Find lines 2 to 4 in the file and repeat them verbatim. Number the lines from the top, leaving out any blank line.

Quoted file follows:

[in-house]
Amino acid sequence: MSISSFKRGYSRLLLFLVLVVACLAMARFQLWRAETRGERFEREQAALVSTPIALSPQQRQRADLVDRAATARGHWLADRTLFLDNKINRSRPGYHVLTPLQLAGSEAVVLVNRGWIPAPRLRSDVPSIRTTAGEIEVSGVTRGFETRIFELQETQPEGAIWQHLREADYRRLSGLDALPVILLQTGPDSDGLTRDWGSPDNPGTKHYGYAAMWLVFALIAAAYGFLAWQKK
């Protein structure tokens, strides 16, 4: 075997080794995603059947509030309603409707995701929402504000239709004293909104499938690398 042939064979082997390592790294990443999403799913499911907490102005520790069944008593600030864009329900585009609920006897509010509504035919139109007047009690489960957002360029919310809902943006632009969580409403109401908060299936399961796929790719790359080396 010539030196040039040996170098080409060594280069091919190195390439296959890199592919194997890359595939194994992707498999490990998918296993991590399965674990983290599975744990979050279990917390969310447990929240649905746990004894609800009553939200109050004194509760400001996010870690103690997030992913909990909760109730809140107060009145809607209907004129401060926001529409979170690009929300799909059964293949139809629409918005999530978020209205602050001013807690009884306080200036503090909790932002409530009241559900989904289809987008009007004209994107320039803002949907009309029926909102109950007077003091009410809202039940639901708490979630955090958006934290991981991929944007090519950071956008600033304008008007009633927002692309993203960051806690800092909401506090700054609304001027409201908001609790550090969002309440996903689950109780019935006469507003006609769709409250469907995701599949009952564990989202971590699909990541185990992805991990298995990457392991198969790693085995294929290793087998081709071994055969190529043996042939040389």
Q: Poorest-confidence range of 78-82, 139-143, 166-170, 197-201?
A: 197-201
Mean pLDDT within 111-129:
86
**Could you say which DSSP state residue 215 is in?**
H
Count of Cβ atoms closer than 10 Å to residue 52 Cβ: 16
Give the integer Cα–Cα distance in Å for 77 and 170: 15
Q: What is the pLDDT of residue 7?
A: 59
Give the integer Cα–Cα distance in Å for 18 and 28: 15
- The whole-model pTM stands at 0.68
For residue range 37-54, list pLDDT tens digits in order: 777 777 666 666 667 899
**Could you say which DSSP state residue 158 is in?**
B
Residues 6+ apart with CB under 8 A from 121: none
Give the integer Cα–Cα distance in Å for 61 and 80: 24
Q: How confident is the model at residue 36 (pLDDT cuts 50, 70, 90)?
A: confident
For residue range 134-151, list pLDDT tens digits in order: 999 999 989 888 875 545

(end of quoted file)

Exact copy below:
Amino acid sequence: MSISSFKRGYSRLLLFLVLVVACLAMARFQLWRAETRGERFEREQAALVSTPIALSPQQRQRADLVDRAATARGHWLADRTLFLDNKINRSRPGYHVLTPLQLAGSEAVVLVNRGWIPAPRLRSDVPSIRTTAGEIEVSGVTRGFETRIFELQETQPEGAIWQHLREADYRRLSGLDALPVILLQTGPDSDGLTRDWGSPDNPGTKHYGYAAMWLVFALIAAAYGFLAWQKK
């Protein structure tokens, strides 16, 4: 075997080794995603059947509030309603409707995701929402504000239709004293909104499938690398 042939064979082997390592790294990443999403799913499911907490102005520790069944008593600030864009329900585009609920006897509010509504035919139109007047009690489960957002360029919310809902943006632009969580409403109401908060299936399961796929790719790359080396 010539030196040039040996170098080409060594280069091919190195390439296959890199592919194997890359595939194994992707498999490990998918296993991590399965674990983290599975744990979050279990917390969310447990929240649905746990004894609800009553939200109050004194509760400001996010870690103690997030992913909990909760109730809140107060009145809607209907004129401060926001529409979170690009929300799909059964293949139809629409918005999530978020209205602050001013807690009884306080200036503090909790932002409530009241559900989904289809987008009007004209994107320039803002949907009309029926909102109950007077003091009410809202039940639901708490979630955090958006934290991981991929944007090519950071956008600033304008008007009633927002692309993203960051806690800092909401506090700054609304001027409201908001609790550090969002309440996903689950109780019935006469507003006609769709409250469907995701599949009952564990989202971590699909990541185990992805991990298995990457392991198969790693085995294929290793087998081709071994055969190529043996042939040389």
Q: Poorest-confidence range of 78-82, 139-143, 166-170, 197-201?